The chef was an older affable man, and used to having foreigners in his restaurant. Not that the restaurant gets too many non-Japanese in the first place, but he’ll probably ask you to sign a guestbook, Pre-consumption of said ramen. He told me he changes the ingredients, or toppings might be a better word, every once and again, but don’t fret, for parmesan cheese is a staple garnish. You can try it hot or cold, but because I wanted to make it back to my hotel without being slumped over the whole time, I tried it cold.
Oh, and I don’t even much like coffee.
This is a great dish to make for your significant other when you’re about to break up with her/him. Unless she/he digs this kind of stuff, then you’re sending all the wrong signals.
After all of the muted hype, it wasn’t half-bad; better yet, at the time it cost only ¥700 (which can be anywhere from US$6.40-8.50, depending on how skilled you are in the forex game). The noodles were skillfully cooked, and the chef appeared humbled by his bizarre creation. Sure, that pink and white ninja weapon is none other than kamaboko (蒲鉾), patiently seated atop banana and kiwi slices, and the coffee bean riding the egg yolk evokes Salvador Dalí, but the majority of the dish, true to its name, had the flavor of (sweetened) Boss coffee, which apparently keeps bringing ’em in.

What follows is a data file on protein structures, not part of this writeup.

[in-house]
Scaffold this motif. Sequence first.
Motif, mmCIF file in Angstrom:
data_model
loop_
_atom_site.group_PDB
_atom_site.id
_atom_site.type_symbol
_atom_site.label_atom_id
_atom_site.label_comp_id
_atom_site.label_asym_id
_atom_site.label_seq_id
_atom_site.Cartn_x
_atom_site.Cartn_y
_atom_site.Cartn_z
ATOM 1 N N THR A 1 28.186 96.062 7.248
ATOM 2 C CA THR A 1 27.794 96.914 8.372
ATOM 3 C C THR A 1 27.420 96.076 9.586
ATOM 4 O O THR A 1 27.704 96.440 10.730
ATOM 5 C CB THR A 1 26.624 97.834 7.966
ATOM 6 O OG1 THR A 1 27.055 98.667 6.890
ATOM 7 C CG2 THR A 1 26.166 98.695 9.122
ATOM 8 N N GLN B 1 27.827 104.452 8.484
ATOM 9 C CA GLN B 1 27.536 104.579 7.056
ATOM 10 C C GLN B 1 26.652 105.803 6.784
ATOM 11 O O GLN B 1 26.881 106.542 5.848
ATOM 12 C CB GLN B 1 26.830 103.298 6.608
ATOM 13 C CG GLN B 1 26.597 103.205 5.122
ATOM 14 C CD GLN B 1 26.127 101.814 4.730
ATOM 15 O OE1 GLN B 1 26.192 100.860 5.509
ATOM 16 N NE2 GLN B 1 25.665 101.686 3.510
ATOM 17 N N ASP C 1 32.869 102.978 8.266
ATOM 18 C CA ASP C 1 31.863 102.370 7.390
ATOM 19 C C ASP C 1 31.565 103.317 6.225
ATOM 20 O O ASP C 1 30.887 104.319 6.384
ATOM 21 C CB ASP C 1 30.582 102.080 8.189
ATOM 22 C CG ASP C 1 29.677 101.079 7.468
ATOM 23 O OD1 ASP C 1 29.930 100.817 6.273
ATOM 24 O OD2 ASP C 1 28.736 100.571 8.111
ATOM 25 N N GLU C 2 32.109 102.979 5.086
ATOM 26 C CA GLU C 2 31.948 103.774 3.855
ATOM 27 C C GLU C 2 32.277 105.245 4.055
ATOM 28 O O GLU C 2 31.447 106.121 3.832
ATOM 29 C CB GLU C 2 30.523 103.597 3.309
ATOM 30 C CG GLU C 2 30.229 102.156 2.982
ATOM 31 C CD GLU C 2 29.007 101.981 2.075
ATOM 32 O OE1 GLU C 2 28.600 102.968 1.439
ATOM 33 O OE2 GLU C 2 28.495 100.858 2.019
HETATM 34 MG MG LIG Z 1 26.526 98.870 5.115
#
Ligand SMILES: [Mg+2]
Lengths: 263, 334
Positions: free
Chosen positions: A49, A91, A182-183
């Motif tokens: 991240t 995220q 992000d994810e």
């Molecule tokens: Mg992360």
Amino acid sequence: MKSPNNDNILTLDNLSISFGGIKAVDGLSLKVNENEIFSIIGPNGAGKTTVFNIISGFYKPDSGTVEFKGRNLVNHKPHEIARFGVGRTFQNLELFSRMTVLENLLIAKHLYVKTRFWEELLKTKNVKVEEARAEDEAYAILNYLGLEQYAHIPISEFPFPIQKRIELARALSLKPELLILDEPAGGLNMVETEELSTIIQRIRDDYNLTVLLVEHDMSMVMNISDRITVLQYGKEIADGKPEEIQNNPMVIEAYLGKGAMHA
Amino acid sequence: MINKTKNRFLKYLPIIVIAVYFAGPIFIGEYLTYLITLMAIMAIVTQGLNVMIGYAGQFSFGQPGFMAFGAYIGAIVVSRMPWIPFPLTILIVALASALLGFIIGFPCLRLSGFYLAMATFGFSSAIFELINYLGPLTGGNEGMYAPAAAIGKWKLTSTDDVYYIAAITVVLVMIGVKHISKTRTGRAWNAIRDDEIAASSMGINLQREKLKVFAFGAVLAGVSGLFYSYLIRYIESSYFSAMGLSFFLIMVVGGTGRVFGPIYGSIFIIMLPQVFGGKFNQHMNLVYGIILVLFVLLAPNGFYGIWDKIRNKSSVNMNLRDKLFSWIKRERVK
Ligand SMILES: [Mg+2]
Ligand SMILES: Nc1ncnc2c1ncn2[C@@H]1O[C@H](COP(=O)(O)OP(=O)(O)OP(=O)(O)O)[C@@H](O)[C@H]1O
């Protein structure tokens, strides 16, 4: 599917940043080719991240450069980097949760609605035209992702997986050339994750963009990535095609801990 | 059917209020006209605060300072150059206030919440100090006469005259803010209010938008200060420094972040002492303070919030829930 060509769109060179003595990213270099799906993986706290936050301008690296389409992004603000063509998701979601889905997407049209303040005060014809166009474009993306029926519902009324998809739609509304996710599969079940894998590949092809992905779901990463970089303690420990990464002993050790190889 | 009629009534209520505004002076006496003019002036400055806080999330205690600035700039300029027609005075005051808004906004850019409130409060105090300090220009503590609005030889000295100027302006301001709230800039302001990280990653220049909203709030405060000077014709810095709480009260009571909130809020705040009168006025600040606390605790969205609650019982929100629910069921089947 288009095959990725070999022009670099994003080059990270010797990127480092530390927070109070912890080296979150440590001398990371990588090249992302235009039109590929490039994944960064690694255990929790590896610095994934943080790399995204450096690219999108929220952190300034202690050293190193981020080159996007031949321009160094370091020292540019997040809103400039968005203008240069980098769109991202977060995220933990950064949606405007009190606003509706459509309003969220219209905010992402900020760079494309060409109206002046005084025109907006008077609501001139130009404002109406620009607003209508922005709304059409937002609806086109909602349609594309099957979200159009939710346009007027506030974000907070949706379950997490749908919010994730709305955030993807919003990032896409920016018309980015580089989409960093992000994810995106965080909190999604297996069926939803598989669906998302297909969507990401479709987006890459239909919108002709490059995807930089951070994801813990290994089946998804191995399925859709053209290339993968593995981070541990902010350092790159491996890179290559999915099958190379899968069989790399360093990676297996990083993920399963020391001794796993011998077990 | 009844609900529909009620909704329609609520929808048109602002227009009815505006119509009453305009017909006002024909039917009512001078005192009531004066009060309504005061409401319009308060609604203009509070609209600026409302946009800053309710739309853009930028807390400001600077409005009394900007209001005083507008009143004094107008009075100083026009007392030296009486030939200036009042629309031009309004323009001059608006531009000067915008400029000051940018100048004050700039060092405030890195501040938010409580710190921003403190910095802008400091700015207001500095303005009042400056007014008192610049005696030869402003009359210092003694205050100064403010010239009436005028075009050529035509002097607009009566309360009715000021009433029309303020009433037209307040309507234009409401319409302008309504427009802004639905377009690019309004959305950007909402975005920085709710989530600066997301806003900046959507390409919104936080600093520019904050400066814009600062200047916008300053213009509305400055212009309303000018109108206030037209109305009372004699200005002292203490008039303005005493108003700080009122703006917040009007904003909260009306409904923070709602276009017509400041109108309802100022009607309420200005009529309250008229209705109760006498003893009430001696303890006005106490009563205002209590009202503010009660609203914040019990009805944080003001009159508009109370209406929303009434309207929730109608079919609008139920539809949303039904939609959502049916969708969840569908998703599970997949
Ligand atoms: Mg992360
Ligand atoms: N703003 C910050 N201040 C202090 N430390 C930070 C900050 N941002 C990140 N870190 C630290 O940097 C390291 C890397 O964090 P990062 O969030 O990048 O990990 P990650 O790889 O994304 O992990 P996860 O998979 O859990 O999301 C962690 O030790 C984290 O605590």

Don’t cower out and eat the toppings by themselves. That ham looks way too relaxed on the sidelines. Take a piece, then scoop out some kiwi and egg, dip it into the murky broth and slurp to your heart’s content. Fact is, I rarely eat any type of ramen, since most of the time I feel as if I’m in a salt mine while doing so. Also, if you’re not too adept at using chopsticks, it would seem wise to eat ramen if you’re not wearing a shirt.
Is it time you experienced coffee ramen? If you’ve already tried it, wouldn’t you want to know where to find life’s rewind button?
Located on Shikoku, the smallest of the four primary islands of Japan, Tokushima is a small seaside city best known for a 400-year old dance called the Awa Odori, an historic indigo trade, a citrus fruit known as sudachi, and Tokushima Ramen (徳島ラーメン).
The most common broth is brown, using tonkotsu (豚骨), or pork bone broth, and a darker soy sauce. Fried pork, spring onions, and a raw egg (already mixed-in in my photo) round out the Tokushima style.
Other types of Tokushima ramen might be yellow, due to chicken or vegetable broth and a lighter soy sauce, or whitish, using tonkotsu and a lighter soy sauce. Amusingly, in a country where you might even see fried noodle-filled sandwiches, rice is a common accompaniment to Tokushima ramen.